The $26 ballpark hot dog

The pitch:

Baseball and hot dogs are the classic American combo. But what if you take the humble frank and supersize it beyond your wildest measure? That’s what the Texas Rangers have done with their Boomstick, a one-pound, two foot-long behemoth of a tube steak that’s covered in chili, cheese, jalapeños and caramelized onions. The dog, which takes its name from the bat favored by former Rangers star Nelson Cruz, is actually part of a menu of ballpark foods-gone-wild: The Rangers also feature a $26 burger (the one-pound Beltre Buster, named after Rangers slugger Adrian Beltre) and a $17 plate of Totally ROSSome Nachos (the item is named after pitcher Robbie Ross and served in a souvenir batting helmet).

Rangers concession execs say the ginormous menu items came about when a half-pound hot dog started selling well during the club’s 2011 playoff run (the team made it all the way to the World Series). By 2012, a one-pound dog, served on its own specialty artisan bun, seemed the logical next step. The idea? To have fun with the baseball favorite and pay tribute to the Lone Star State at the same time. “Everything is bigger in Texas,” says Casey Rapp, operations manager for food and beverage at Globe Life Stadium, the Rangers’ home. But apparently, it’s an appealing enough idea that other clubs have started to introduce their own $20-plus super-sized dogs. For example, this season, the Arizona Diamondbacks will serve up a $25 corn dog, dubbed the D-Bat Dog, that runs 18 inches (and is stuffed with cheddar cheese and bacon).

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The reality:

Sure, a $26 hot dog may have a certain novelty appeal. But penny pinchers and baseball fans alike agree that you don’t have to spend that much to enjoy some grub at the game. (And by the way, this year’s season already kicked off with a special two-game series between the Los Angeles Dodgers and the Arizona Diamondbacks in Australia, but opening day in the good ol’ U.S.A. is on Sunday.)

“If you eat it yourself, you’re trying to show off.”

— Casey Rapp, food operations manager, talking about the Boomstick

For starters, while some teams are pushing the limits price-wise (and size-wise), others are emphasizing the value aspect. The Cincinnati Reds pride themselves on offering a Dollar Stand menu that includes $1 dogs and $1 sodas. And even though they sell a $25 corn dog, the Arizona Diamondbacks feature a regular dog for $1.50 (and a 14-ounce beer for $4). “We don’t want to gouge. We want to make sure fans come back,” says team president Derrick Hall.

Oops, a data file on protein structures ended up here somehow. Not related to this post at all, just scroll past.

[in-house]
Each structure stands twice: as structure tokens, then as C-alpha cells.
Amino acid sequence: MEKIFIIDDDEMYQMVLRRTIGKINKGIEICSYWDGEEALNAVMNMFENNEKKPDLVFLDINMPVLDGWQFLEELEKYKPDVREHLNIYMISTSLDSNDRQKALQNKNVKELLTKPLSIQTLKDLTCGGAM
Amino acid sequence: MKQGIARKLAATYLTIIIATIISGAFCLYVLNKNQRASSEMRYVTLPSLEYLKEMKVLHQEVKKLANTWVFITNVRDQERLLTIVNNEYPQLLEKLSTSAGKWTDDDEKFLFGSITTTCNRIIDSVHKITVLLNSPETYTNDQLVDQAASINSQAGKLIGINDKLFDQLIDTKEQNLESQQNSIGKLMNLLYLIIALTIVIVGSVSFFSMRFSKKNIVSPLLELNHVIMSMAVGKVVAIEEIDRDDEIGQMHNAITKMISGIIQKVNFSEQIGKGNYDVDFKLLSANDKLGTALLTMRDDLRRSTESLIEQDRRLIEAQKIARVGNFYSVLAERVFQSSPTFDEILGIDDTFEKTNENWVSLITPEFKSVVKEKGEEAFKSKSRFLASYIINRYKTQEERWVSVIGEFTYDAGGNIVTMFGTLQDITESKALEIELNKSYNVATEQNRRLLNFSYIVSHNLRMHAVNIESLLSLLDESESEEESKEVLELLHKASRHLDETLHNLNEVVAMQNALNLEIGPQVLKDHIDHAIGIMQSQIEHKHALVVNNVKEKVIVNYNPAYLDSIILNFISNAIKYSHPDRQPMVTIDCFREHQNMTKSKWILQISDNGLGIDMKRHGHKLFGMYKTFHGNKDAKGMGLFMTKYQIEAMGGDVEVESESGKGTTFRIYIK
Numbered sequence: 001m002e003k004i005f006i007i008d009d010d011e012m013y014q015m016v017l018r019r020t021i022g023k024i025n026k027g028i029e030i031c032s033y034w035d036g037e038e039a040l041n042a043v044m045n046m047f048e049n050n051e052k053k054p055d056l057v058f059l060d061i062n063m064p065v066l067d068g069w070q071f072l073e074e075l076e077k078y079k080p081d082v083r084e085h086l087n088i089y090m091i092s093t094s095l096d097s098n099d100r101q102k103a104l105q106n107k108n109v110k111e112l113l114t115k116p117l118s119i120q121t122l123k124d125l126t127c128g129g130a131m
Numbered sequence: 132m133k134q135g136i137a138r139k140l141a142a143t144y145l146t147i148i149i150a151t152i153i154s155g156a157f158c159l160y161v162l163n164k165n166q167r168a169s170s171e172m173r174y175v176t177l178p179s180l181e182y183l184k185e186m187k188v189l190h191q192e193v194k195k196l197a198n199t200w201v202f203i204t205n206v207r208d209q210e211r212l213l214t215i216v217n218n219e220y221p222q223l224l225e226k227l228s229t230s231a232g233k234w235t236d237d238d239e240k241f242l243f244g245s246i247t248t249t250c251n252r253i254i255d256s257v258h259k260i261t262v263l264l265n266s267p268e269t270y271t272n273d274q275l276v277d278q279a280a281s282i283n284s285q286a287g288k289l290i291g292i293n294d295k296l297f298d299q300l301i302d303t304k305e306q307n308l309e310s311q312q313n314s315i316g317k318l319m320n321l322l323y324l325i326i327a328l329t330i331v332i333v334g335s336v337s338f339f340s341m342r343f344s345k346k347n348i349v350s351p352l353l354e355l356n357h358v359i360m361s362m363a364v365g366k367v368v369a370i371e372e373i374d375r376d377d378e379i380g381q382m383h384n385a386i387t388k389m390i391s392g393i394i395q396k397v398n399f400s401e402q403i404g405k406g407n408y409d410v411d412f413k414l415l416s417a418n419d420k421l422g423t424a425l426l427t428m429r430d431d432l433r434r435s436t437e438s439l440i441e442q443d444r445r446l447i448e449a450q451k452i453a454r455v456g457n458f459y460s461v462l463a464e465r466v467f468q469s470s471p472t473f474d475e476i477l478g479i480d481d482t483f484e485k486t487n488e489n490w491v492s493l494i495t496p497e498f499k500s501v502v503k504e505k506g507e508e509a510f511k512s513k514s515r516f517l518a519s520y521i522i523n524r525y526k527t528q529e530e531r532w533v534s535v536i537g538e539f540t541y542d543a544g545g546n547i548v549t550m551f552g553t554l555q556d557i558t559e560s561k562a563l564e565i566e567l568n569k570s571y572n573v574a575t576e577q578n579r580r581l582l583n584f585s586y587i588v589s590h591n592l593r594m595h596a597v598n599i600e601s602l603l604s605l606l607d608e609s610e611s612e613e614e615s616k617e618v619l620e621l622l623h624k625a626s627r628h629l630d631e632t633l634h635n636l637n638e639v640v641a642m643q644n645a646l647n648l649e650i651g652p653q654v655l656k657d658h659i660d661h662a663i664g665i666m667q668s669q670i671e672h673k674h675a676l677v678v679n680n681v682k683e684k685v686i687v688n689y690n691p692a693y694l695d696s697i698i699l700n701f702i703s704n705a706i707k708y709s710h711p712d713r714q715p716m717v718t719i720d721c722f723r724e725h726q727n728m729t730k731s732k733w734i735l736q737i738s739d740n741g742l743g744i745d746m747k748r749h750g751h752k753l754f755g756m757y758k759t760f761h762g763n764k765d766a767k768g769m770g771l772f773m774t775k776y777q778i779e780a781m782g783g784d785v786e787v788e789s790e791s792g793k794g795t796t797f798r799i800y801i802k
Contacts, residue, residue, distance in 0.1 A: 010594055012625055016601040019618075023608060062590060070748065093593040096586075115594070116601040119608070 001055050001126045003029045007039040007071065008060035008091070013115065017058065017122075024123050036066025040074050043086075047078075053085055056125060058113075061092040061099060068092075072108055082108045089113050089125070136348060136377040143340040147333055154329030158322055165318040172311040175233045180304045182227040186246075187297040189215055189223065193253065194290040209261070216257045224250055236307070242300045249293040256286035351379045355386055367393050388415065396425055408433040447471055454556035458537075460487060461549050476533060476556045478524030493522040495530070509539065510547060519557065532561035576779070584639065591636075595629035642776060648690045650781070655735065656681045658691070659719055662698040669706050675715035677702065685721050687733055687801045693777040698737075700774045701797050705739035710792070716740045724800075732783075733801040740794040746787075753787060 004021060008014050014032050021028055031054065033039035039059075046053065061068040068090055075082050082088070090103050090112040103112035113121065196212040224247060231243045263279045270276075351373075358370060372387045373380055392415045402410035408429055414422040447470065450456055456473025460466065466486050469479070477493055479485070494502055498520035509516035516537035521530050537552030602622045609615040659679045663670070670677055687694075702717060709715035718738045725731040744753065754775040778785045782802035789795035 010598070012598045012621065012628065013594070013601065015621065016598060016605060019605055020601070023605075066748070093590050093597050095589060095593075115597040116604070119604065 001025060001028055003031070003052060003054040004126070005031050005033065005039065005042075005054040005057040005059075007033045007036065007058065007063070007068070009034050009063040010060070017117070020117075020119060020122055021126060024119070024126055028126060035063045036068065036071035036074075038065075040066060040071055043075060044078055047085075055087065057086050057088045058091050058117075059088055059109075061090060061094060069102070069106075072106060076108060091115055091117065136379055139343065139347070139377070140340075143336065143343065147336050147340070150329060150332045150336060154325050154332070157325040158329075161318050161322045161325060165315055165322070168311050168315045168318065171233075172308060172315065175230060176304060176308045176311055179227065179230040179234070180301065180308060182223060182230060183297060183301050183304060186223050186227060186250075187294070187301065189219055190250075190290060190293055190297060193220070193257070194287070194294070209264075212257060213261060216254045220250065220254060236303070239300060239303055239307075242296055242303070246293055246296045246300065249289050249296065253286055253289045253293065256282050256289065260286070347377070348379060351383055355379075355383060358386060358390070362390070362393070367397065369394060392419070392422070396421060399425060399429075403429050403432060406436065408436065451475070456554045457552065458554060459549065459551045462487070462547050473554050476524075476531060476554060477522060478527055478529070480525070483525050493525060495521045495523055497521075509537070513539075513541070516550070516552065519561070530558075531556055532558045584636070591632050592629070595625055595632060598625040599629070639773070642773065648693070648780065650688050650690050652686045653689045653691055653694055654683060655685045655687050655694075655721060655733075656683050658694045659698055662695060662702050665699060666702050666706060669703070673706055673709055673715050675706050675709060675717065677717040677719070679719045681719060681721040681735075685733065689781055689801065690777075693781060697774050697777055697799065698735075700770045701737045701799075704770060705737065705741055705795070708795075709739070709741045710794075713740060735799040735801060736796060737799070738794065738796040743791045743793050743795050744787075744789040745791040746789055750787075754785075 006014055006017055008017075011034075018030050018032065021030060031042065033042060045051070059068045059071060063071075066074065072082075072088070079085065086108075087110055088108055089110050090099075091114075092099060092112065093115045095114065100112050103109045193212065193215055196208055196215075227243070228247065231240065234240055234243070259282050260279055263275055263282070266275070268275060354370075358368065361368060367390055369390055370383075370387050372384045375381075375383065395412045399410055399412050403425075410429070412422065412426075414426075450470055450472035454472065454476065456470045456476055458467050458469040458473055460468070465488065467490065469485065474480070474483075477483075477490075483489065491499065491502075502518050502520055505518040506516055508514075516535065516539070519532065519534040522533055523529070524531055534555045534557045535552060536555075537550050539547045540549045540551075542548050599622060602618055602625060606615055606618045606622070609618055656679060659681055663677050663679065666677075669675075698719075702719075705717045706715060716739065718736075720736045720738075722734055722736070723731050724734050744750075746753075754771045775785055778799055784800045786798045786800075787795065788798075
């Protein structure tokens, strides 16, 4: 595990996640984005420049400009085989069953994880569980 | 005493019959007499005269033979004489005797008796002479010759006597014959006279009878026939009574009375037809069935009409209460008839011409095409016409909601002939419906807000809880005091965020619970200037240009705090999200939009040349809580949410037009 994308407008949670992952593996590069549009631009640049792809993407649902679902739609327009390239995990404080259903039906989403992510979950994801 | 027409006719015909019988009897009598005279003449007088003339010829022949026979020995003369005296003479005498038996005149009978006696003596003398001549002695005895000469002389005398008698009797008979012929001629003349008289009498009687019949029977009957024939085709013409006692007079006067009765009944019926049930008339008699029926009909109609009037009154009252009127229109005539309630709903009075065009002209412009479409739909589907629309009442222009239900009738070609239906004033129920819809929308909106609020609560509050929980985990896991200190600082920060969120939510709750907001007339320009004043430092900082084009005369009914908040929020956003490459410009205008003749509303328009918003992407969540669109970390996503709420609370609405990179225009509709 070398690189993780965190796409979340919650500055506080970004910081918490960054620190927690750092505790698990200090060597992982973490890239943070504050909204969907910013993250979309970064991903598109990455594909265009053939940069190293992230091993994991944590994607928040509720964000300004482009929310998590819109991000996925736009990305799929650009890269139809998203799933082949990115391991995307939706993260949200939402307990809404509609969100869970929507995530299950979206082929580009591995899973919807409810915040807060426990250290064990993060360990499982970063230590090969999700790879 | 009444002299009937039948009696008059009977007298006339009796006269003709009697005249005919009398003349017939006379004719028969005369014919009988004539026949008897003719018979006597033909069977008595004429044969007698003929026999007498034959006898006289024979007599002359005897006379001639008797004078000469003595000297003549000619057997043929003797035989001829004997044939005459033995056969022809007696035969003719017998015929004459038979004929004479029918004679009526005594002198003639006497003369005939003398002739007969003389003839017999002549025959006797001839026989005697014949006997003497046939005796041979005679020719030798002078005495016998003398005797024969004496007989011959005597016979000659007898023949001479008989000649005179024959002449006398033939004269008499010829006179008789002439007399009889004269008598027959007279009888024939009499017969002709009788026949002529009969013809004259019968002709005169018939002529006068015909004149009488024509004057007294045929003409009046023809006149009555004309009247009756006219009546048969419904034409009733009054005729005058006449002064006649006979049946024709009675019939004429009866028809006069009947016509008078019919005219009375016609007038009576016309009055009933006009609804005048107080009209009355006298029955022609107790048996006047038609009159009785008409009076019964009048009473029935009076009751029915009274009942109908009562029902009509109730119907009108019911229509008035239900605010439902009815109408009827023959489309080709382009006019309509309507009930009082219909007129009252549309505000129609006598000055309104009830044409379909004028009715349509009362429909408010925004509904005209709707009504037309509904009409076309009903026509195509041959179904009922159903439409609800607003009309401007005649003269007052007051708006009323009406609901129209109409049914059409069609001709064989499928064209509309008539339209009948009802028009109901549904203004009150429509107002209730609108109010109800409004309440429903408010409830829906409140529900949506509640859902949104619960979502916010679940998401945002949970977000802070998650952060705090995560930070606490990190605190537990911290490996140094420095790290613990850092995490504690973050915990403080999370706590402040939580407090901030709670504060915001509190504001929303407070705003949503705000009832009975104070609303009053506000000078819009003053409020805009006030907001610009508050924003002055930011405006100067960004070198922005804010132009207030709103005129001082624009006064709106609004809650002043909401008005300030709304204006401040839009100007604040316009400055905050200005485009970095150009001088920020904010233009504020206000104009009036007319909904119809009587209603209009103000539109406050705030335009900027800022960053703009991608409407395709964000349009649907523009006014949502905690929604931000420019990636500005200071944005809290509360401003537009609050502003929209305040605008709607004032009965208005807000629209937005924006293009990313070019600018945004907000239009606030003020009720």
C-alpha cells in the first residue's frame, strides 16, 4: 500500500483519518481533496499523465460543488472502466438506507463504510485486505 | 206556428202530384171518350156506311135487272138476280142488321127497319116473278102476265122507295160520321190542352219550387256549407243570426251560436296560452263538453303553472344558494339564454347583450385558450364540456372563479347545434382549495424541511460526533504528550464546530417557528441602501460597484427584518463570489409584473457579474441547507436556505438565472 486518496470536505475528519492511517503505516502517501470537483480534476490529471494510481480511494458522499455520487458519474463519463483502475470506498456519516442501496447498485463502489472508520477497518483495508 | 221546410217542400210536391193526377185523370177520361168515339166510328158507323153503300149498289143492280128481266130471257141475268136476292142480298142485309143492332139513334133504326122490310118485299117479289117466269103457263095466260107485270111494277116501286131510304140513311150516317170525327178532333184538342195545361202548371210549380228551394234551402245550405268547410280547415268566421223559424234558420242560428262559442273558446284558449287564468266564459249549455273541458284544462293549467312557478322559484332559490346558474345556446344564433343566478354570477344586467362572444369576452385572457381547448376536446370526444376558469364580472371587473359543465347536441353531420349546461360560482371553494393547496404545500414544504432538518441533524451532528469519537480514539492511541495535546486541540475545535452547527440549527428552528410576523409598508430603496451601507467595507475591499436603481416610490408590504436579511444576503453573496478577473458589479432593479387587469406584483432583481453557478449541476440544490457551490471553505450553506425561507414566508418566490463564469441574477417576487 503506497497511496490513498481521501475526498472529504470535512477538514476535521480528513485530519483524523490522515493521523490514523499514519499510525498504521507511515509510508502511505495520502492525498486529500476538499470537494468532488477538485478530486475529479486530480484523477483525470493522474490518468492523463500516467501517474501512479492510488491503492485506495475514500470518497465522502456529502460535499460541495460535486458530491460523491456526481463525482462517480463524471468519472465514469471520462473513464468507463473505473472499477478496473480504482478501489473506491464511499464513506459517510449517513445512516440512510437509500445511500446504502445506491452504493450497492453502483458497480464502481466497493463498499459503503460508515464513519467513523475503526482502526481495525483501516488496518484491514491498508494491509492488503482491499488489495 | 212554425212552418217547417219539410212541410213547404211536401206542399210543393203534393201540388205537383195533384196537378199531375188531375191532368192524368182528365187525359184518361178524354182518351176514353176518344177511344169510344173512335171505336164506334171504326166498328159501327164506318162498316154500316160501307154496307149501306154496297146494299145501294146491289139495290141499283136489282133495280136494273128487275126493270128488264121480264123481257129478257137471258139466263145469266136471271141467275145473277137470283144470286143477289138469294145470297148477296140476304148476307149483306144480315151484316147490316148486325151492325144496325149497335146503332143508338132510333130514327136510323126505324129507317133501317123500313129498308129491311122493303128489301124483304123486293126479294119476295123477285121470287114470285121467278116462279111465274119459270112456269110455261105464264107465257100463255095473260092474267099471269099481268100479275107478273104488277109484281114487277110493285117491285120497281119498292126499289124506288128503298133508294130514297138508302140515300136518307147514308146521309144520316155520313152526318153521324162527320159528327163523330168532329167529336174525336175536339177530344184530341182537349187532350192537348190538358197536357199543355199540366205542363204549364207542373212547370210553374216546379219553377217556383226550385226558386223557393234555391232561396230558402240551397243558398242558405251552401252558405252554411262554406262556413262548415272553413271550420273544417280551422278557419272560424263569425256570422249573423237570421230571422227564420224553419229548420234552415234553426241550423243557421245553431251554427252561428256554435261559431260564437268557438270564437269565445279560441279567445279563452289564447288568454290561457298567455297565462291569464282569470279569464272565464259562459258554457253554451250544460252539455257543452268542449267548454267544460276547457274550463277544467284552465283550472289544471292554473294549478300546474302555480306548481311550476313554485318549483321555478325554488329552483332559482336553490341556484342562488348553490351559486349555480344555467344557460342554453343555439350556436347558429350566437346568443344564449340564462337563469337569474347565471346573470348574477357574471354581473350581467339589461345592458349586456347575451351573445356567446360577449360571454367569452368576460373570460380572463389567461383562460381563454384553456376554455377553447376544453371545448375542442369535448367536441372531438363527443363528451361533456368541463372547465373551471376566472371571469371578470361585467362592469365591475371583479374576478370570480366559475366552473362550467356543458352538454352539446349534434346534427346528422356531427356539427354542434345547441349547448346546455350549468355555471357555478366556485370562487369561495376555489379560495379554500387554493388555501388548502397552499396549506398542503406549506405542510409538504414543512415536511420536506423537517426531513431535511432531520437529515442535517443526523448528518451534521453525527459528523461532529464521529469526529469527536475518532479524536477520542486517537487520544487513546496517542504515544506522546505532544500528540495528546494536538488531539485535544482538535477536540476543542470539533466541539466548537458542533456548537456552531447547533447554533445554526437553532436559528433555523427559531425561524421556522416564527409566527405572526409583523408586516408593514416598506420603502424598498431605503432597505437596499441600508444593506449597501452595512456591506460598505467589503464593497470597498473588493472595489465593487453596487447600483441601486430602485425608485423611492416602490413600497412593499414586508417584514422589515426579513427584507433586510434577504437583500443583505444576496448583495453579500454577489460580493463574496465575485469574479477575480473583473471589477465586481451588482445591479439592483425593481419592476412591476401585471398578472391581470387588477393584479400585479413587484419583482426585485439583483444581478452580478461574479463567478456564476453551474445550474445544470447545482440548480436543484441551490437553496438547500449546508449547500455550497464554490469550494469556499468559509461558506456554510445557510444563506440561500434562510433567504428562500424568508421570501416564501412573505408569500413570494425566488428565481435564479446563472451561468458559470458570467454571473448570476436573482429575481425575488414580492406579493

It’s also worth noting that many teams allow fans to bring food items into the ballpark. (You can often find out in advance just by visiting the club’s website.) And fans — and penny pinchers — indeed take advantage of the opportunity. When she catches a Los Angeles Dodgers game, Jennifer Calonia, a senior editor at the financial site, says she skips those $6-plus Dodgers Dogs (as famous as they may be) and loads up on $1.50 Costco hot dogs (famous in their own way) en route to Dodger Stadium. “I cringe whenever I see patrons lined at the concession stands,” she says. As for the idea of munching on a $20-plus hot dog, Calonia says: “The only way to justify buying a hot dog that’s worth a steak dinner at a mid-level restaurant is if patrons intend on sharing it.”

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Which is precisely the point, say the food folks with the Texas Rangers. The Boomstick can easily be divided by up to four people, says food operations manager Casey Rapp, which brings the per-person cost down to less than $7. Rapp points out that the dog even comes in a special carrier so it can be spread across two laps. “If you eat it yourself, you’re trying to show off,” says Rapp, who also notes that the Rangers offer a smaller dog for as little as $5.

Either way, the Boomstick has its fans: The club sells about 20,000 of the $26 dogs a season — a cool half-million-dollar take. But Rapp admits there are limits to how much fans will spend for a frank. Last season, the club introduced a bigger Boomstick — a $32 version that added brisket and Doritos to the topping mix — but it failed to catch on. “Maybe we priced ourselves out of range,” says Rapp.

More from Charles Passy:

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